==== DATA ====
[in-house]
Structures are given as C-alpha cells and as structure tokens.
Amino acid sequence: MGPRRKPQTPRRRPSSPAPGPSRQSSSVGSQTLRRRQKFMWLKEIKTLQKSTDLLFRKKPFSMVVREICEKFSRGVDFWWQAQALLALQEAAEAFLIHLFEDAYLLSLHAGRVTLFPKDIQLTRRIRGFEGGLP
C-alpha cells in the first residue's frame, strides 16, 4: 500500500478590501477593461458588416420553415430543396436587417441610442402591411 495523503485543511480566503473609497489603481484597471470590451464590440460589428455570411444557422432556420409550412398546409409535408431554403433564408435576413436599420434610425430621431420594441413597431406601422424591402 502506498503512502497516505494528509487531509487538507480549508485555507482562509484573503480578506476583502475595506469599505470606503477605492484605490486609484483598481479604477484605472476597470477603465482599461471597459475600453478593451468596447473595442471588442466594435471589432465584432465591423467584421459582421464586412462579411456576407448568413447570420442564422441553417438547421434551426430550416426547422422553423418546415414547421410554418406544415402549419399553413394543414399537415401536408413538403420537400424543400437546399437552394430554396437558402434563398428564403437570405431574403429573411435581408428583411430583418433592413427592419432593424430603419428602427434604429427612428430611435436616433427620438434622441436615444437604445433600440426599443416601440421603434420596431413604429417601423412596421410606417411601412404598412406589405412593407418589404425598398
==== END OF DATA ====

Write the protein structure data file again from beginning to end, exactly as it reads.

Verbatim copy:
[in-house]
Structures are given as C-alpha cells and as structure tokens.
Amino acid sequence: MGPRRKPQTPRRRPSSPAPGPSRQSSSVGSQTLRRRQKFMWLKEIKTLQKSTDLLFRKKPFSMVVREICEKFSRGVDFWWQAQALLALQEAAEAFLIHLFEDAYLLSLHAGRVTLFPKDIQLTRRIRGFEGGLP
C-alpha cells in the first residue's frame, strides 16, 4: 500500500478590501477593461458588416420553415430543396436587417441610442402591411 495523503485543511480566503473609497489603481484597471470590451464590440460589428455570411444557422432556420409550412398546409409535408431554403433564408435576413436599420434610425430621431420594441413597431406601422424591402 502506498503512502497516505494528509487531509487538507480549508485555507482562509484573503480578506476583502475595506469599505470606503477605492484605490486609484483598481479604477484605472476597470477603465482599461471597459475600453478593451468596447473595442471588442466594435471589432465584432465591423467584421459582421464586412462579411456576407448568413447570420442564422441553417438547421434551426430550416426547422422553423418546415414547421410554418406544415402549419399553413394543414399537415401536408413538403420537400424543400437546399437552394430554396437558402434563398428564403437570405431574403429573411435581408428583411430583418433592413427592419432593424430603419428602427434604429427612428430611435436616433427620438434622441436615444437604445433600440426599443416601440421603434420596431413604429417601423412596421410606417411601412404598412406589405412593407418589404425598398